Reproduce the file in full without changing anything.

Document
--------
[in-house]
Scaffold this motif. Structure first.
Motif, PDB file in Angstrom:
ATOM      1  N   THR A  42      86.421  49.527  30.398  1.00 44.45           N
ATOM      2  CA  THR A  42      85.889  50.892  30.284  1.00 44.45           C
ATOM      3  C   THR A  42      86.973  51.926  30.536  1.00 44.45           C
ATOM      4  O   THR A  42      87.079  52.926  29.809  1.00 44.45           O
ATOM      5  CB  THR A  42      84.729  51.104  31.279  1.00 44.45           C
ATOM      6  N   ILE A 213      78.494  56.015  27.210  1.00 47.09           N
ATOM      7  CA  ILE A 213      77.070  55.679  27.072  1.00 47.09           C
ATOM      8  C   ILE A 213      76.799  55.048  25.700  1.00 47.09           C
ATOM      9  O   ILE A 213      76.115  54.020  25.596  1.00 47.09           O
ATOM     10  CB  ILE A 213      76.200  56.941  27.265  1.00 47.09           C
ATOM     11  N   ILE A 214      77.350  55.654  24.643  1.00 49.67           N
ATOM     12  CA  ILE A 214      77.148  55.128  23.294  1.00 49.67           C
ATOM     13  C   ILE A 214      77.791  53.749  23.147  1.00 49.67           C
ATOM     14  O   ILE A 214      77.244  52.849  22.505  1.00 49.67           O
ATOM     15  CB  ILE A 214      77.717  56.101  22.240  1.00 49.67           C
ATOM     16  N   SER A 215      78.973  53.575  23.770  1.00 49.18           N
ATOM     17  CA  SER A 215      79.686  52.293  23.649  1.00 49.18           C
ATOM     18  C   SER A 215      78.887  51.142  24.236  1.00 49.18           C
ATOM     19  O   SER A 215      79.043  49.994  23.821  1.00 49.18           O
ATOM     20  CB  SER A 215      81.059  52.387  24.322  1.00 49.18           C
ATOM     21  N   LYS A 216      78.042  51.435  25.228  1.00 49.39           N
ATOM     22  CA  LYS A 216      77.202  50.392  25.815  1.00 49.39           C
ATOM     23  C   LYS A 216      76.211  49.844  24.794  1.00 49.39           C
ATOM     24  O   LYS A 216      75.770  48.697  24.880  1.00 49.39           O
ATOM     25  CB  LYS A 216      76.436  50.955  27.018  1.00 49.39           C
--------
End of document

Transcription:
[in-house]
Scaffold this motif. Structure first.
Motif, PDB file in Angstrom:
ATOM      1  N   THR A  42      86.421  49.527  30.398  1.00 44.45           N
ATOM      2  CA  THR A  42      85.889  50.892  30.284  1.00 44.45           C
ATOM      3  C   THR A  42      86.973  51.926  30.536  1.00 44.45           C
ATOM      4  O   THR A  42      87.079  52.926  29.809  1.00 44.45           O
ATOM      5  CB  THR A  42      84.729  51.104  31.279  1.00 44.45           C
ATOM      6  N   ILE A 213      78.494  56.015  27.210  1.00 47.09           N
ATOM      7  CA  ILE A 213      77.070  55.679  27.072  1.00 47.09           C
ATOM      8  C   ILE A 213      76.799  55.048  25.700  1.00 47.09           C
ATOM      9  O   ILE A 213      76.115  54.020  25.596  1.00 47.09           O
ATOM     10  CB  ILE A 213      76.200  56.941  27.265  1.00 47.09           C
ATOM     11  N   ILE A 214      77.350  55.654  24.643  1.00 49.67           N
ATOM     12  CA  ILE A 214      77.148  55.128  23.294  1.00 49.67           C
ATOM     13  C   ILE A 214      77.791  53.749  23.147  1.00 49.67           C
ATOM     14  O   ILE A 214      77.244  52.849  22.505  1.00 49.67           O
ATOM     15  CB  ILE A 214      77.717  56.101  22.240  1.00 49.67           C
ATOM     16  N   SER A 215      78.973  53.575  23.770  1.00 49.18           N
ATOM     17  CA  SER A 215      79.686  52.293  23.649  1.00 49.18           C
ATOM     18  C   SER A 215      78.887  51.142  24.236  1.00 49.18           C
ATOM     19  O   SER A 215      79.043  49.994  23.821  1.00 49.18           O
ATOM     20  CB  SER A 215      81.059  52.387  24.322  1.00 49.18           C
ATOM     21  N   LYS A 216      78.042  51.435  25.228  1.00 49.39           N
ATOM     22  CA  LYS A 216      77.202  50.392  25.815  1.00 49.39           C
ATOM     23  C   LYS A 216      76.211  49.844  24.794  1.00 49.39           C
ATOM     24  O   LYS A 216      75.770  48.697  24.880  1.00 49.39           O
ATOM     25  CB  LYS A 216      76.436  50.955  27.018  1.00 49.39           C